Containers, Docker, Kubernetes -- it's a lot to keep track of. Are you looking for a primer on what all this containerization technology is all about, what it means, and how you can make use of it?
At a high level, they're a lightweight way to package everything your app needs to run -- the code, any libraries, and any necessary runtimes. This means you can make sure your app runs the same everywhere.
One common sentiment in the data science community is that they don't need containers. And I have definitely tried to ignore that space for quite a while. But containers are just a really useful thing to learn, even for those doing machine learning. Containers can be useful for all sorts of industries. By standardizing how applications are packaged, it makes life better for everyone. And that sounds super useful in the general software context. But one of the things I struggled with when I first encountered containers was that machine learning workflows called for a slightly different approach when it comes to software and how code is both used and run. I've been pretty pleased with how useful containers have been, even though they were not necessarily designed specifically for data scientists and machine learning engineers.
For one thing, it brings a consistent running environment. Your app runs the same on your laptop, in QA or staging, and in production. And in machine learning, we often have different data sets for experimenting, training, evaluation, and test. Add to that the various configurations for models, as well as any relevant metadata that also needs to be passed in, and it's not hard to see why having easily configured environments can really improve productivity and, importantly, reduce mistakes.
Another nice thing about containers, which just doesn't get talked about nearly enough, is consistency across team members. We used to follow step-by-step instructions to configure our machines and basically hope that that meant we were all working in the same computer environment. Unfortunately, instructions change over time and get stale, which leads to inconsistencies between team members and subtle bugs that are really tricky to iron out.
Oftentimes when projects are open source, the README will ask users to download the app code and then give them instructions for installing language binaries, libraries, and other dependencies. Now you can just run it as a Docker image. For example, if you were writing a Node.js REST API, you could actually run it without even installing Node.js on your workstation. And containers, I think, could also make reproducible papers and results much easier. I also saw that Compute Engine also lets you choose a container image that can be directly run when creating a virtual machine.
But if you're planning to load a container into a VM directly like that, why not just use the virtual machine? You could just create a custom virtual machine image. Yeah, but there's a couple of drawbacks that give containers an edge here. Since VM images are literally a snapshot of the disk, they tend to be huge and opaque as to both what's inside and how it got to that state.
On the other hand, Docker images are not actually a snapshot of whatever happens to be on disk, but rather they're fully defined by their Docker files. So then they not only have a much more compact representation that's universally usable. They're also human-readable.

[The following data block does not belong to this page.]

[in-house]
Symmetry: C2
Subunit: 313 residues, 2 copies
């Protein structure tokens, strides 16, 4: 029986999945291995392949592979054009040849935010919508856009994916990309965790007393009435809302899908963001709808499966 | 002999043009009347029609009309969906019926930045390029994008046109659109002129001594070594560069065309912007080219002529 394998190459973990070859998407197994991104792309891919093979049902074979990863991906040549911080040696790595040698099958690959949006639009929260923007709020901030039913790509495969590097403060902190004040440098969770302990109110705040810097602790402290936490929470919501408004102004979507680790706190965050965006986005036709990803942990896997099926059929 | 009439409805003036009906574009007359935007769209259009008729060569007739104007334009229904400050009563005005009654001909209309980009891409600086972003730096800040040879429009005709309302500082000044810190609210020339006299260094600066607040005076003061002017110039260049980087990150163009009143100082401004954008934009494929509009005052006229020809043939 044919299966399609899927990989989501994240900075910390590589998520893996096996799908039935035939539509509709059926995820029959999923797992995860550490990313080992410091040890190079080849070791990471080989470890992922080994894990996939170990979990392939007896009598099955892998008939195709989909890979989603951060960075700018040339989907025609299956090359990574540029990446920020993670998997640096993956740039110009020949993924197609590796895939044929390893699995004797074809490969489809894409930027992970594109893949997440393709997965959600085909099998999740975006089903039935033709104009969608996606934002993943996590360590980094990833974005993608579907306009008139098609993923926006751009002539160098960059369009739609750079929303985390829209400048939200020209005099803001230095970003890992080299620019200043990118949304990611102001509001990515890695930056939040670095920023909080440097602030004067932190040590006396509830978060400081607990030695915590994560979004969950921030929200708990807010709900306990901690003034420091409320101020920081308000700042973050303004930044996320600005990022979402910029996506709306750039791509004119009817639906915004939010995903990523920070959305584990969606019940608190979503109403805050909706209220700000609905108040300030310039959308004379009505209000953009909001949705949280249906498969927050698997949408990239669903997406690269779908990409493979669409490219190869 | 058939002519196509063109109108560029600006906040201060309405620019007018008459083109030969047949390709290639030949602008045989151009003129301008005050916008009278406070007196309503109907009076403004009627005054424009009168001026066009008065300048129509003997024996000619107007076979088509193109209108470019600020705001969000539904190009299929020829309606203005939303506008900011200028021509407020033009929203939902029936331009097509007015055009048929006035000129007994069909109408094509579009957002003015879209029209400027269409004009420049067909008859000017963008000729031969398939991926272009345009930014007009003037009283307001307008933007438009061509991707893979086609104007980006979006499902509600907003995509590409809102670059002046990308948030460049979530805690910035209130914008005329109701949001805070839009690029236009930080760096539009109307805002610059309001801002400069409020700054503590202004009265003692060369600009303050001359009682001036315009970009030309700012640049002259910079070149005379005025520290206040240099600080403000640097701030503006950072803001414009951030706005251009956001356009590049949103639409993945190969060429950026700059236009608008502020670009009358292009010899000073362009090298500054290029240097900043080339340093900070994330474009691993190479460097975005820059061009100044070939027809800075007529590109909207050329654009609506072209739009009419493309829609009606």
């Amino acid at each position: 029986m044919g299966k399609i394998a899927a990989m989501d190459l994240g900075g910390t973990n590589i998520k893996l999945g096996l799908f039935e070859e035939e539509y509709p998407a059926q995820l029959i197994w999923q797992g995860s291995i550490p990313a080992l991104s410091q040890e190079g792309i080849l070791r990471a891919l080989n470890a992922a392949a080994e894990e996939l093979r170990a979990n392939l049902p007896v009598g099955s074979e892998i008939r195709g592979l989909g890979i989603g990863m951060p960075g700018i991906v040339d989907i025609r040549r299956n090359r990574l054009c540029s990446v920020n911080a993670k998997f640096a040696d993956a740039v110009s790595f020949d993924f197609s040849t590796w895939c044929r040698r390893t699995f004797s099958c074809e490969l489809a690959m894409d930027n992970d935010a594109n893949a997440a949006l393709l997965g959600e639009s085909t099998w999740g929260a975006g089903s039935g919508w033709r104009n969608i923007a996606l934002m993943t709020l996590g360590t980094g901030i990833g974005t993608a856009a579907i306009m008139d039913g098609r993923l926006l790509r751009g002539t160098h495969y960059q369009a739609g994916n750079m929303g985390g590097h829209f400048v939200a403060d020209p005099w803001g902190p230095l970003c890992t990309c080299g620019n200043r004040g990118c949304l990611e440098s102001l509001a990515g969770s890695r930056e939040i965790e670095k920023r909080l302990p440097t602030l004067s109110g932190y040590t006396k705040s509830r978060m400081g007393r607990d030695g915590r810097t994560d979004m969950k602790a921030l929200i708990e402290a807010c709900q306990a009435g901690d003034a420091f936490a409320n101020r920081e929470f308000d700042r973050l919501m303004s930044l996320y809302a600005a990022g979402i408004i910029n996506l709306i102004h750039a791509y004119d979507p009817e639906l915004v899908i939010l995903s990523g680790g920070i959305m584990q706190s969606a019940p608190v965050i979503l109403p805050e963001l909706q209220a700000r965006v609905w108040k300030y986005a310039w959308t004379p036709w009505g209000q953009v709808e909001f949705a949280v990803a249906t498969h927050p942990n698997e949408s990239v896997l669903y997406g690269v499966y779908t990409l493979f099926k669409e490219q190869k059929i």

Where I see containers with a clear advantage is when doing this at scale -- say, for distributed training. Deploy to multiple machines, environments, and scale up and down. Containers can start almost instantly, and VM images, they take a lot longer to do these types of tasks.
So let's say you believe us that containers are useful. The next step, then, is to understand how a container is put together, how to run one, and what is going on inside.
First, let's define what goes into our container. That starts with a Docker file. This defines every step that needs to happen to install dependencies, build and configure your app, and actually run your app. It all starts from a base image. And what's great about Docker files being an industry standard is that there are official base images. So you could, for example, use an official Python image as your base, and it already has an operating system and a version of Python installed. After that, you can put all sorts of stuff into it, from library installation commands to downloading files from your storage buckets, to copying out a portion of your source code and relevant dependencies.
So from there, the Docker file is then built into a container image. You can do the build either on your own machine, in the cloud using a tool like Cloud Build, or as part of your own CI/CD pipeline. The image is built by reading the Docker file and performing each step listed. After the build is complete, you want to publish your image to a container registry, which can be either public or private. When it's time for your app to actually start running, the container image is where the image will be pulled from before it starts going.
Once you have a container image ready to go, you can run it in all sorts of environments. You can run it on your computer, or you can run it in a Kubernetes cluster, or in a managed service like Cloud Run. There's also some open source projects, which try to make it easy to run containers for machine learning on Kubernetes-- for example, Kubeflow.
It's so great to see all of these tools take on and use containers in the ecosystem. But how big can just any old container really get? As big as you can imagine